11:17 LD: So she is actually for my deafness, and a little bit with my... I have some mobility issues. I have some nerve damage, which is a whole nother long story in and of itself, but she helps with that. And he is a sweet dog, Brittney says.

11:34 CR: He really is. So we've talked about driving, and we've talked about a dog assisting, talk a little bit more about how you move through a hearing world as opposed to the deaf world. How do you move through a hearing world with classes, with situations when you encounter people who are unable to speak American Sign Language?

12:05 LD: "We are very reliant on interpreters," says Shelby. "We're very skilled at gestures. We will write back and forth, text on our phones. We are so experienced with living in the hearing world that we'll find a way to communicate.

12:23 LD: As Brittney says, "It's really not necessarily an issue. I have to be patient. I've seen some deaf people who are not patient with hearing people who are unable to communicate, but I think part of why I do a little better maybe because I grew up in a hearing family. I've never had anything happen involving the police or anything that would be a problem. The only thing I've noticed is I am a pretty well-known person at Starbucks, so I can go through the drive-through and they would just wave to the camera and they know my order. So even drive-throughs, sometimes I'm able to just pull right through and pay and go.

13:08 CR: That's awesome.

13:10 GW: So do you have friends who don't sign and are part of the hearing community?

13:19 LD: Shelby says, "Well, we both have hearing families and I have some hearing friends. Most of my friends have been good about learning sign, they're very fascinated by it, honestly, so they've been willing to learn."

13:39 LD: Brittney says, "It really depends on an individual's motivation, if they want to learn, they will."

13:46 LD: And Shelby says, "We'll figure out how to communicate in some way. But that does not mean that every encounter with hearing people is positive."

14:00 CR: Can you talk a little more about that?

14:03 LD: "Well, for example, if I go into a restaurant and they don't know how to communicate with me, even if I'm willing to write back and forth with the server, sometimes they seem irritated or they have no patience, they have no interest in communicating with me, they don't even wanna find a piece of paper, they act frustrated with me and then I get frustrated with them. All I want is to eat. That is a challenge," Brittney says.

14:37 LD: Shelby is adding, "Unfortunately, with family, sometimes if they have not learned to sign, they will, and it may be unintentional, but they will tend to ignore us or they may be talking, and we see the laughter, we see the conversation happening, and when we ask to be filled in, they'll just tell us, 'Oh, we'll tell you later.' And then it's very rare that they do."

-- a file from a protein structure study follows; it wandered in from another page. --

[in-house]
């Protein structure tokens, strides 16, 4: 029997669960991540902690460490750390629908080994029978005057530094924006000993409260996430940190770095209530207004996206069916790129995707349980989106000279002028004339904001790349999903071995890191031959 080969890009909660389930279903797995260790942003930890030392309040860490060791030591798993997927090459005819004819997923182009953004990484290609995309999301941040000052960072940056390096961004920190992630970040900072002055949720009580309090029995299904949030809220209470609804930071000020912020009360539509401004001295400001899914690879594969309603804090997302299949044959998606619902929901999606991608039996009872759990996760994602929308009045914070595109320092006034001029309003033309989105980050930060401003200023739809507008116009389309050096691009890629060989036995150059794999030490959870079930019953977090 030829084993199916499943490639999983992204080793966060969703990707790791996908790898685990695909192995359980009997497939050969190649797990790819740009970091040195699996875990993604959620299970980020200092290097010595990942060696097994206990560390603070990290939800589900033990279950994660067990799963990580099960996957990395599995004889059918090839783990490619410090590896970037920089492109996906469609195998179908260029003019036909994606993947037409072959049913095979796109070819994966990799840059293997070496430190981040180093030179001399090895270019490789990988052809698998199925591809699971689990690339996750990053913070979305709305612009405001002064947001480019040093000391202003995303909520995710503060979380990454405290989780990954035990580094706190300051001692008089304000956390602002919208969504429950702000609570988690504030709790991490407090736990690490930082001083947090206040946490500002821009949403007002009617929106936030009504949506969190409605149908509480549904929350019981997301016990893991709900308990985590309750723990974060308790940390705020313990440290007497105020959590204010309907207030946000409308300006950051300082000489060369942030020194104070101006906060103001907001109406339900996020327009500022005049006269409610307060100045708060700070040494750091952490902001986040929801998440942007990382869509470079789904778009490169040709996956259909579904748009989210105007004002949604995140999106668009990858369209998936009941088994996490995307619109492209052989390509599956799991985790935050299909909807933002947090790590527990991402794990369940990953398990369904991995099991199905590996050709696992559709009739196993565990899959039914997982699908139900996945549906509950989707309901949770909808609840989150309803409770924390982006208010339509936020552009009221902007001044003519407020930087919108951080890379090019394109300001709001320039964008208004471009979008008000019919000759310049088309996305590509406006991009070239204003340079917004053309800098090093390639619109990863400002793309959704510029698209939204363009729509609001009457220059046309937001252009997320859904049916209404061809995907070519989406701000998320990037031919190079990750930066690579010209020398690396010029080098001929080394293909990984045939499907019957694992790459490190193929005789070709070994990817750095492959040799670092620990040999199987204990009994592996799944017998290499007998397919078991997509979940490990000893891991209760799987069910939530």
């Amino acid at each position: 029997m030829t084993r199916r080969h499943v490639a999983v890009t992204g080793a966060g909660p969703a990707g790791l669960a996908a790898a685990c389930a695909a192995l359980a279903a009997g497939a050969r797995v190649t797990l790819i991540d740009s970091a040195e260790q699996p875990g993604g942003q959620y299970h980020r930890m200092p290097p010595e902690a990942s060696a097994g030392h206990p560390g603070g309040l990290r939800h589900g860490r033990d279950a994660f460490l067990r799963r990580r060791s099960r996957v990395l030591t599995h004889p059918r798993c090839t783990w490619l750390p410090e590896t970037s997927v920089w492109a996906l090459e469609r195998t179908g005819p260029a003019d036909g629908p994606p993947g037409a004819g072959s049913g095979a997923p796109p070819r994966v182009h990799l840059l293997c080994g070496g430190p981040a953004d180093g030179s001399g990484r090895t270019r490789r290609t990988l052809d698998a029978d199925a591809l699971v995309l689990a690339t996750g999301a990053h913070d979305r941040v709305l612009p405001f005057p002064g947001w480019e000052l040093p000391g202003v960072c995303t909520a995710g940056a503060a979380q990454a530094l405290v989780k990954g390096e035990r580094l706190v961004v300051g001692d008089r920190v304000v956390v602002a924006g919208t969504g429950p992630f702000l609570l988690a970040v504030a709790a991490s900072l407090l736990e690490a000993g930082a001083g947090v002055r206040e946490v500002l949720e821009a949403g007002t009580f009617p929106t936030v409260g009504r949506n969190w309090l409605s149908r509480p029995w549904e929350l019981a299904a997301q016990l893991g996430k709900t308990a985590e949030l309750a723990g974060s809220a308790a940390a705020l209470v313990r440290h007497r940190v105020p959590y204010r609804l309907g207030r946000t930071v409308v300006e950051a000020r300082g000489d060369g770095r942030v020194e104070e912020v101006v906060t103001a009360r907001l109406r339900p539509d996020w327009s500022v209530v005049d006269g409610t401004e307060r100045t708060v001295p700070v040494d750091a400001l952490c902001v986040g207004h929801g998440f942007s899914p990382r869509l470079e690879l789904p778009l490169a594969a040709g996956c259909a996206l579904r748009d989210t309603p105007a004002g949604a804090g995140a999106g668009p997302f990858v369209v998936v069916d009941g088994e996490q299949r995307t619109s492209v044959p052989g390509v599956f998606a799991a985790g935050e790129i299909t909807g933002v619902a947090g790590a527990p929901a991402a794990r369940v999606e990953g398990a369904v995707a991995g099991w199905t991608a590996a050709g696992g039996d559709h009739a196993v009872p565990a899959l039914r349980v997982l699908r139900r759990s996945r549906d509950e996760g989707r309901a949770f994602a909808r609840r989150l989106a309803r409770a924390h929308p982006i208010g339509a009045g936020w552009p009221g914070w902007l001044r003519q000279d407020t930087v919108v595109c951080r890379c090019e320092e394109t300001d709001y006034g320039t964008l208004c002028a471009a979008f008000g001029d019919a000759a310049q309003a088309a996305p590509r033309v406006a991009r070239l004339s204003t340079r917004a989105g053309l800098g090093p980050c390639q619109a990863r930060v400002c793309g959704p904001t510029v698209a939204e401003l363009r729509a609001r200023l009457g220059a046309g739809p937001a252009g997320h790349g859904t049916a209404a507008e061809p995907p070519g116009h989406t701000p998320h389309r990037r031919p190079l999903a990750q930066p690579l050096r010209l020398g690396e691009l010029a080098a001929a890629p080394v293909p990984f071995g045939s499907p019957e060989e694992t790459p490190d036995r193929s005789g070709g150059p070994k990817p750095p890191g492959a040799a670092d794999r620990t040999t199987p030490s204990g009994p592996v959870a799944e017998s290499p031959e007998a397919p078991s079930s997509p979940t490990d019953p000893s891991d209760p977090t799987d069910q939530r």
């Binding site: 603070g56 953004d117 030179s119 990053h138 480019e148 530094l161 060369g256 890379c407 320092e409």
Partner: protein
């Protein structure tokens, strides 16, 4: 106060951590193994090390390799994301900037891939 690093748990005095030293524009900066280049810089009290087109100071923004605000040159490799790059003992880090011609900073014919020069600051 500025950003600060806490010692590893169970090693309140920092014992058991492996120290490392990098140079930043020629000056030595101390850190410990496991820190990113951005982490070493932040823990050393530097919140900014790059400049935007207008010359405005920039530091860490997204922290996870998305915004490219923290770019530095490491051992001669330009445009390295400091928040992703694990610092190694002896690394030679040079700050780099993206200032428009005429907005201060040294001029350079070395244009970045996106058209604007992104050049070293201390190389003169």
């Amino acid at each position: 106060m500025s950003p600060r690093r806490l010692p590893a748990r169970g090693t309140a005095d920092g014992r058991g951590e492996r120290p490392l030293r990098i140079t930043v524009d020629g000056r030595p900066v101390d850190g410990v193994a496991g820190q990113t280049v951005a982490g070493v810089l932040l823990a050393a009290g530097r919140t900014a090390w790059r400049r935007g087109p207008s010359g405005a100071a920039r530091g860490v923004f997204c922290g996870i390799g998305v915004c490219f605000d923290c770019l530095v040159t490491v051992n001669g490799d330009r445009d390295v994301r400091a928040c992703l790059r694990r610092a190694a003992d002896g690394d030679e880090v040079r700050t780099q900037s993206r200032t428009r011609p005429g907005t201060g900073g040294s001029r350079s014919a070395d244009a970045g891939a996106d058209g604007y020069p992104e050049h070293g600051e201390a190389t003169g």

15:08 CR: One of the things that I wonder if I'm hearing you say, Shelby, is that sometimes there is a... Or can be this sense of loneliness, where everybody kind of is in this world that you can't hear and communicate in. And how... I know now that you're here in college, you are surrounded, there a lot more people that use American Sign Language and that are deaf 'cause we've got the program here. And you went to Gallaudet, correct, Brittney? Did you go to Gallaudet?

15:42 LD: Well yes, I did go to Gallaudet first for two years.

15:44 CR: And I feel like that whole town speaks American Sign Language. Gallaudet's a pretty big...

15:48 LD: Yes, it's full of deaf people.

15:50 CR: It's a huge deaf school and deaf Starbucks and... How would you advise somebody who is in a hearing family and doesn't have a tribe of American Sign Language folks to speak with and communicate with, to help with that sense of loneliness and being isolated and having a language that nobody really shares with them, other than maybe their interpreter at school or... I can imagine that that could be very lonely growing up, and then having to wait until you either get to college or go somewhere specifically that has more deaf folks, 'cause a lot of people, like Shelby said, are mainstreaming and they're not going to all-deaf schools, so they're just kind of the person in their school or one or two. So talk about what your advice would be to the 10-year-old that feels kind of lonely and that are deaf and are speaking American Sign Language by themselves?

16:47 LD: Brittney: "I'll speak to that. I went through the same thing with my hearing family and I have seen it happen with deaf friends of hearing family. I was actually very lucky because my mom and brother chose to sign, but the rest of my family is a lot of gesture. So typically on vacations, vacations for me were very isolating. But I had to figure out what I was gonna do, maybe I decided for that week on vacation I would take care of my cousin's baby or something to keep me busy. But in general, I'd like to honestly speak more to the parents to tell them, 'Make sure you're involved with your kid, don't leave them out. Make an effort to communicate with them. You have to be willing to do that, that shouldn't be on the child.' Sometimes, when deaf people become older, that's when they'll become involved with the deaf family or friend group. They want that closeness, that community. Luckily, during my high school years, I had a godmother who was deaf and who had a deaf family as well, so I would typically go to her holidays instead of my own family's. So that really kind of depends on... It depends on the situation.